Harrisburg, PA – October 19, 2016 -Andrew Kocher was just hoping to have a couple of clear rounds in the $10,000 Dash for the Cash at the Pennsylvania National Horse Show, presented by The Lindsay Maxwell Charitable Fund. The State College, PA, resident never thought those rounds would be good enough for first and second place in the Wednesday night Open Jumper class, sponsored by Geraldine Nesbitt.
“I was just hoping to come here and be respectable and maybe get some ribbons,” said Kocher. “It’s a big deal for me to win here because this was one of the first really big shows that I ever attended. I have been showing here since I was a kid, but I never won. This is really exciting!”
Andrew Kocher and Zantos II © Al Cook – alcookphoto.com
Aaron Vale set the mark for the field of 17, going clear on Finou 4 in a time of 62.409 seconds. Kocher went next on his first mount Ciana, owned by Eagle Valley Partners, LLC, and beat Vale’s time going clear in 58.818 seconds.
“Ciana just started jumping in the bigger grand prix classes this year,” said Kocher. “She felt sharp, sharp tonight. She is still a little green and I didn’t know how she would react to the lights and everything so I pulled the reins once or twice, but she nearly won the class anyway. She was amazing.”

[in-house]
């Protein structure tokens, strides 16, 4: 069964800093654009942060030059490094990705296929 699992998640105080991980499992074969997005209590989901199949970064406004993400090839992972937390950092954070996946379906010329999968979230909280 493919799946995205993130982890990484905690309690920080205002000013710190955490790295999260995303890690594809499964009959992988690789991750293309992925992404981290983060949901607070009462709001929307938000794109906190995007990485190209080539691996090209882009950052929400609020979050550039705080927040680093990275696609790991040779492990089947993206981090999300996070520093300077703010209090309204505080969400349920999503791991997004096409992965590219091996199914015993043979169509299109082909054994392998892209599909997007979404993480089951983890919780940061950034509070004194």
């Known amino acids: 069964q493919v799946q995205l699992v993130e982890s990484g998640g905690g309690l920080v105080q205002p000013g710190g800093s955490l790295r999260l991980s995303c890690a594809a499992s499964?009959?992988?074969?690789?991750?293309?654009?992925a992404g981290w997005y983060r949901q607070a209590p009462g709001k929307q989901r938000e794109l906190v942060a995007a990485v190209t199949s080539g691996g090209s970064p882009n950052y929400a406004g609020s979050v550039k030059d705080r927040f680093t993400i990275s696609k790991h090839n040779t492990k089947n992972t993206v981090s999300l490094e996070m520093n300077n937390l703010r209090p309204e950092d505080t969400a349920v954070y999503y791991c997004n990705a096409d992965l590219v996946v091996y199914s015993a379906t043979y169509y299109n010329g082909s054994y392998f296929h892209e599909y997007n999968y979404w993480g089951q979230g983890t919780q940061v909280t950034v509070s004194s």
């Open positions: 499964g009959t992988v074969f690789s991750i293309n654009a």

Andrew Kocher and Ciana © Al Cook – alcookphoto.com
Olympic veteran Beezie Madden riding Coach and Christine McCrea on Wannick WH both rode clear but not fast enough to catch the top two. Irish Olympic veteran Kevin Babington came close to dethroning Kocher with Super Chilled going clear in 61.643, which was good enough for third place. Kocher could only beat himself with his second mount Zantos II, owned by MKO Equestrian, LLC, on the Bernardo Cabral-designed course and did, by going clear in 57.534 seconds.
“This is the horse I plan on riding in the big class on Saturday, the $100,000 Prix de Penn National,” said Kocher. “My plan was to go in there and have a nice round and not get into any trouble, but this horse has only really has one gear – fast. This was slow for him. He could have gone five seconds faster, but his going slow is faster than most horses. Hopefully, I’ll get lucky again on Saturday!”
© Al Cook – alcookphoto.com